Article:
RD: That’s a good way to look at it. What do you think makes this current lineup of Plain White T’s stand out from prior lineups?

TH: It’s kind of the same lineup as it has been, we’re just short one guy and honestly it’s so funny. We just played in Columbus, Ohio a few weeks ago and an old high school buddy came to the show, he used to tour with us way back in the day. He came to the show, he hadn’t seen us in a bit and I had to ask him after the show “How did it sound without Dave in the band?’ and he was like “Woah, until you said that I hadn’t noticed a difference.” With that being said, I think it’s going to be like the same Plain White T’s that it has for the past 15-20 years so I don’t think it’s going to be a real difference without Dave there basically. If anything, it’s going to be more fun because everybody is in a good headspace, wanting to do it and wanting to be there.

RD: This year marks 15 years since “Hey There Delilah” hit #1 on the Billboard charts.

TH: That’s crazy.

RD: Yeah, so to reflect, how do you view the legacy of the song when it comes to you and the band’s career?

TH: That song has always had a life of its own. Ever since we put it out, it was the fans that told us it was a great song. We did a poll on Myspace back in the day on which song we should do a music video for and 98% of the fans voted for “Hey There Delilah”. It’s always been the song doing all the work for us and it’s crazy because through the years it kind of hasn’t stopped. Every few months there’s something about the song that happens, Post Malone releases a video of him singing it backstage and it goes viral or a bunch of people start using it on Tik Tok for some trend and it goes viral again. There was a talk about a TV show in the works at one point that never ended up happening but again, it still seems like the sky’s the limit for the song even though it came out so long ago.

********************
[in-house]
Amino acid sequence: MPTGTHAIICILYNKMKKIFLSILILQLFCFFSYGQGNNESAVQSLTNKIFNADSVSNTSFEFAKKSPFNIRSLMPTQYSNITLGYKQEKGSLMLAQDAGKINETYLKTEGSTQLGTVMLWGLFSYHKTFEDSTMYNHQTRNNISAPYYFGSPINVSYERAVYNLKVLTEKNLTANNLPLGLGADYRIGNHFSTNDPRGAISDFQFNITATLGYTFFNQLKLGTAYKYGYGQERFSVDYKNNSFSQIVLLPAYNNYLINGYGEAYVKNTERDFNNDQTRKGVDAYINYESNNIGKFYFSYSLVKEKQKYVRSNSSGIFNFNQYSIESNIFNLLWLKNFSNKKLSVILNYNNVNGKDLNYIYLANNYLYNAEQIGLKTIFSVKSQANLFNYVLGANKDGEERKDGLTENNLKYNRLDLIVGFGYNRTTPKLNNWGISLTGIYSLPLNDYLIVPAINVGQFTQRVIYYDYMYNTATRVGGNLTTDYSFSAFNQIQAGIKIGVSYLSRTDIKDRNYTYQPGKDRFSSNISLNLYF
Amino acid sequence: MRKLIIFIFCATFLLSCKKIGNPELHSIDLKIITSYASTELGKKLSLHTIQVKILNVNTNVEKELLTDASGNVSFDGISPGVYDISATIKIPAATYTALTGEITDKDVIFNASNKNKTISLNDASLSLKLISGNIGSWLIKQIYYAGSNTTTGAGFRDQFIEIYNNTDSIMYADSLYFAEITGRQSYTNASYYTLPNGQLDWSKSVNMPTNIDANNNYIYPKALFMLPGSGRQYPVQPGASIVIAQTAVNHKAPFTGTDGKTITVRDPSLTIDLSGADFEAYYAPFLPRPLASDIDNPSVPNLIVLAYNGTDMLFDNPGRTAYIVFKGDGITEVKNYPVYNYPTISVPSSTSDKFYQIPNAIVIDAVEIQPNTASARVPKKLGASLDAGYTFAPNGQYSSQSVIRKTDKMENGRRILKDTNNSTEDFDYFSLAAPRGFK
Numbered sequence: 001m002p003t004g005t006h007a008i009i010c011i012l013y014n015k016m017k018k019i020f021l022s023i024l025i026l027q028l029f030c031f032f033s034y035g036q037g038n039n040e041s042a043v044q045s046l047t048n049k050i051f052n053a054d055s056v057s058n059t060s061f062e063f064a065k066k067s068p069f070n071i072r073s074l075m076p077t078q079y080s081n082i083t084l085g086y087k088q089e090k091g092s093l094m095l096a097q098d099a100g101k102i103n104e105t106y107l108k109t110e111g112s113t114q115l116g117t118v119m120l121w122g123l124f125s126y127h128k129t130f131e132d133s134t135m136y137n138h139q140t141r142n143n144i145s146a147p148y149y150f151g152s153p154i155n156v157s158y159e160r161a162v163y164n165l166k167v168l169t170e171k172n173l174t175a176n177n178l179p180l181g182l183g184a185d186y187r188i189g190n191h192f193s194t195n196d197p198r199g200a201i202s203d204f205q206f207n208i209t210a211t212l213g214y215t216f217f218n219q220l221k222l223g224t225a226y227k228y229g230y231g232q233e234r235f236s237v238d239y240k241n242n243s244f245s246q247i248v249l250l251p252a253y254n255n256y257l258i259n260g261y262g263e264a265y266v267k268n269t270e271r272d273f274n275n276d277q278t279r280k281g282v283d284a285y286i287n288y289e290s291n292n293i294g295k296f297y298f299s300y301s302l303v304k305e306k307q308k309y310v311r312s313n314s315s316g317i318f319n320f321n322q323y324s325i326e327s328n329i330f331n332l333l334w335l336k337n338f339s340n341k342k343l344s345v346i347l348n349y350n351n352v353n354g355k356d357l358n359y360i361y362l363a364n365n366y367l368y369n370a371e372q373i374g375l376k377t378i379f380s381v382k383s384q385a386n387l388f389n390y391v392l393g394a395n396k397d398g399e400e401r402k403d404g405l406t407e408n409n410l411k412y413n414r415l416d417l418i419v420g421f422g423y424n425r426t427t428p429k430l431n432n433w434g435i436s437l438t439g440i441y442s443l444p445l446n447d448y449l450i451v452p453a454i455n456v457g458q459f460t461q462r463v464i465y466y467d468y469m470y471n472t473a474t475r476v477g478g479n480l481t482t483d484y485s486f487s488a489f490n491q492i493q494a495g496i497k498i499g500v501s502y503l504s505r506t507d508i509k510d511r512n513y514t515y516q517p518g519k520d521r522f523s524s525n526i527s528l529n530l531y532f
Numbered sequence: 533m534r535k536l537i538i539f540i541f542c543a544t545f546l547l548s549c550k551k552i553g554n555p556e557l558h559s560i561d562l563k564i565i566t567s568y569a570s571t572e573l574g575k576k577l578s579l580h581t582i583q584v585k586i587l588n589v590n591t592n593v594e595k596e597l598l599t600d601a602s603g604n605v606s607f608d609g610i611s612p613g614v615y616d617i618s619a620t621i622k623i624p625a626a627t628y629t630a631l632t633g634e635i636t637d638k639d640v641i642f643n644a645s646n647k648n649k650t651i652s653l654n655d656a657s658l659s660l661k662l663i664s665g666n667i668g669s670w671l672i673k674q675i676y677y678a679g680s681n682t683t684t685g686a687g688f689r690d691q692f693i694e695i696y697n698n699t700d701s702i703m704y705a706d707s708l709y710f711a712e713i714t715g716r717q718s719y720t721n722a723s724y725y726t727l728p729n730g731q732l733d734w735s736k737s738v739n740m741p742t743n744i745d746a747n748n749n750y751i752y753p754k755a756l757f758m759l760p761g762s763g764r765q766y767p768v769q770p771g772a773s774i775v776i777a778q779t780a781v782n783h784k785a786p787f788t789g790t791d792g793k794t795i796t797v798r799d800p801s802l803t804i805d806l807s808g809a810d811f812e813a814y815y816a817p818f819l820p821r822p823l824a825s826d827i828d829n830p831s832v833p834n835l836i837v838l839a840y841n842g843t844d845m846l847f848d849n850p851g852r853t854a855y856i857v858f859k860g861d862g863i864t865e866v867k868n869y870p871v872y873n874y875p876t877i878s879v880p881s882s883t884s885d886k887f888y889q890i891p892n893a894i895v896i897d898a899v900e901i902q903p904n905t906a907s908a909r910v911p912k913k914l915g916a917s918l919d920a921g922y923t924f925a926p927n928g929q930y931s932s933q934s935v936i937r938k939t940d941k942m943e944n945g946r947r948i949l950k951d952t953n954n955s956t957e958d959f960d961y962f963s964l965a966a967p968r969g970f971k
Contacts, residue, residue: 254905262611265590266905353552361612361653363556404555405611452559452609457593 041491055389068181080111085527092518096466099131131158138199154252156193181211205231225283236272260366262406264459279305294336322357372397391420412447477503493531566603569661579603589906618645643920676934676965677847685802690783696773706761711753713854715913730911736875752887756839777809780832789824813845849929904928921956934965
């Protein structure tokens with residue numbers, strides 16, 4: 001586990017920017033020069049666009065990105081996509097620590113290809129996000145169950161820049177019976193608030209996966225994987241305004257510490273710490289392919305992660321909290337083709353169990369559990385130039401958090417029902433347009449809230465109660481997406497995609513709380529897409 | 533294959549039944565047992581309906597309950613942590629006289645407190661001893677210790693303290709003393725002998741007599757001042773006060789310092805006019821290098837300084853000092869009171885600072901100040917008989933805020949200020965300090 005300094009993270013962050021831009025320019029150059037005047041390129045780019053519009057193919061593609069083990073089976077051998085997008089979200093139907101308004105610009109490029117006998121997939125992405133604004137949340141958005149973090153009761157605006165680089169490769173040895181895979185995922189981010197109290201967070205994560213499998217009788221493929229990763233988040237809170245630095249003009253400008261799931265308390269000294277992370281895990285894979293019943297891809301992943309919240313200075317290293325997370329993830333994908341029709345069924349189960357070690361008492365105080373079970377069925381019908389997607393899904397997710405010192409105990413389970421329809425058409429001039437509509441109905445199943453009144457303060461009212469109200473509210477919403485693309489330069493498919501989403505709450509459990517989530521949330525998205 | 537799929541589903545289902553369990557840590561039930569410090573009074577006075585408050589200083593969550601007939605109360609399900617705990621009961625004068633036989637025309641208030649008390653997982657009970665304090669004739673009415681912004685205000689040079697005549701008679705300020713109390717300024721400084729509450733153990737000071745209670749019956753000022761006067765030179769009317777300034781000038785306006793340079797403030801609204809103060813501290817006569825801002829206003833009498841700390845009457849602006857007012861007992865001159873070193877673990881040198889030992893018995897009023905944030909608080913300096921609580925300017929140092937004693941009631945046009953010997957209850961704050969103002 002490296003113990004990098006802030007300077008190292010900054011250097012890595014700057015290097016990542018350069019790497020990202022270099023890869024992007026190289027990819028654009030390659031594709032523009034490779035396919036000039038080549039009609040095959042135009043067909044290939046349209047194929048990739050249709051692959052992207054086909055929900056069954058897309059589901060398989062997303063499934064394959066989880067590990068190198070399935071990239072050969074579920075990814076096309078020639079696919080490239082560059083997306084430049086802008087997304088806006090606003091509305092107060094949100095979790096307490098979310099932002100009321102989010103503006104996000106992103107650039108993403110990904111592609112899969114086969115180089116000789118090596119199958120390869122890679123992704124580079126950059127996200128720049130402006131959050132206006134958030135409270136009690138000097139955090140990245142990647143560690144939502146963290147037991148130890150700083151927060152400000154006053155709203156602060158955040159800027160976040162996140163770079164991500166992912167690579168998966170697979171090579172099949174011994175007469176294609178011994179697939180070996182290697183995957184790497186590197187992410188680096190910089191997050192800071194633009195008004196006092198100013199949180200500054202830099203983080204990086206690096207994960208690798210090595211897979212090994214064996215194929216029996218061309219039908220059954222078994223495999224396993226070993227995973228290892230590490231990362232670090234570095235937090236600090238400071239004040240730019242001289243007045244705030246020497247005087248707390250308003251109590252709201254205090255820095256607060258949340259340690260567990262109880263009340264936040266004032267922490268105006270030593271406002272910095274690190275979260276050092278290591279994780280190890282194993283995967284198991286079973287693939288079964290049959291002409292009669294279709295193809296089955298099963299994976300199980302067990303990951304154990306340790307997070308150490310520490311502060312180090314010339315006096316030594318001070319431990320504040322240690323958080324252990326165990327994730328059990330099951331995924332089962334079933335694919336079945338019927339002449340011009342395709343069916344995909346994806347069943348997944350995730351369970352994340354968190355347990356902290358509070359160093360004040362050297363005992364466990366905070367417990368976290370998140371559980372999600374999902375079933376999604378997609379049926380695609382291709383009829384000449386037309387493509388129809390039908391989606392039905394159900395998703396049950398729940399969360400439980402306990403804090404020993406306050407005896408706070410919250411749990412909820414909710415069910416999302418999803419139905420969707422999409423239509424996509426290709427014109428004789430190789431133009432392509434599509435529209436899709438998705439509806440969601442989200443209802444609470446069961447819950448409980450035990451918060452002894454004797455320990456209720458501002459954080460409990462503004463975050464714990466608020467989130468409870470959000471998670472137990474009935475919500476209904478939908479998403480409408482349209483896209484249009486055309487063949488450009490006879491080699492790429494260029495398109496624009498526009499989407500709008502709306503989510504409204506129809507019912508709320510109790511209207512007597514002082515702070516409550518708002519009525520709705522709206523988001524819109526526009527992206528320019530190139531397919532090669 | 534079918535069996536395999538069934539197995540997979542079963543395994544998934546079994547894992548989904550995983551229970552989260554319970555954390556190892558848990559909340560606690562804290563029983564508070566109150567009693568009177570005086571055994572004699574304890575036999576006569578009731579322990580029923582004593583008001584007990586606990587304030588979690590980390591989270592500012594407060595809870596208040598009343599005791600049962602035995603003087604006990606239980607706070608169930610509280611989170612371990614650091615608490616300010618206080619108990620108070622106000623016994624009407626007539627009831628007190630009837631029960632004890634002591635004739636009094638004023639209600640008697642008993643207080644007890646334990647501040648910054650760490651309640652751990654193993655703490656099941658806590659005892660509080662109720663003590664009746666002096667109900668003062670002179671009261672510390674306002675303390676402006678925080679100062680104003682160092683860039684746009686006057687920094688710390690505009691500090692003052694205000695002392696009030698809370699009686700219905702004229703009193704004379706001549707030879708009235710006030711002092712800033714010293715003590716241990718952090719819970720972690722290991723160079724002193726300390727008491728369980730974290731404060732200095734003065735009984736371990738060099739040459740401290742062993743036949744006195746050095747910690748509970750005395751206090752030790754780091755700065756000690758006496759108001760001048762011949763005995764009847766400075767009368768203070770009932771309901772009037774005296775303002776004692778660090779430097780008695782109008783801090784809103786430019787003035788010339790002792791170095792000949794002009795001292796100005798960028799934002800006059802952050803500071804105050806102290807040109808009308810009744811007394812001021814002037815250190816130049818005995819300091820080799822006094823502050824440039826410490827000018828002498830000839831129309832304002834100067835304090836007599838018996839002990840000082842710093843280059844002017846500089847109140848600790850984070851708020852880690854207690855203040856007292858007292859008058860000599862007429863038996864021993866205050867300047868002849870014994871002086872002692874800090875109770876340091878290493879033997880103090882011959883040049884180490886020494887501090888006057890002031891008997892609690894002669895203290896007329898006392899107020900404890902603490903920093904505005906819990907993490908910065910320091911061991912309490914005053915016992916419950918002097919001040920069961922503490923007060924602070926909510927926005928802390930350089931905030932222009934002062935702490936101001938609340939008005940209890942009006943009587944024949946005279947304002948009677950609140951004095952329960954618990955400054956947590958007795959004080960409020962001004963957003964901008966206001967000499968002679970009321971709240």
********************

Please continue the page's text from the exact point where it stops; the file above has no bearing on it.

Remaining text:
RD: It’s maintained its presence in the pop culture nucleus in various ways.

TH: Exactly. People are still hearing it to this day, kids for the first time are hearing it. I think it’s holding up in a way that it might as well be new for them without it feeling dated or anything.

RD: It’s definitely one of those songs that has a lasting impact because musically it’s pretty much an acoustic folk song. Those always last, they always have a way of being timeless on their own.

TH: Right. There’s nothing in the production that sounds like it’s from a certain era or something. The song sounds like it could have been made in the ‘60s or the ‘70s or the ‘80s or the ‘90s, it has a vibe where you can’t really set a date to it which definitely helps in the longevity.

RD: Absolutely. It’s been a few years since Plain White T’s released their last album Parallel Universe in 2018, so can we expect some new music soon?

TH: We actually started to play some new material on some of these shows we’ve been doing so by the time we get to Cranston we’ll definitely be debuting at least one new song. We got a new album in the works, we’re going to start releasing new music later this year and I don’t want to say it like it’s all set in stone because things can change but right now we’re looking to have a new album out probably next spring or summer.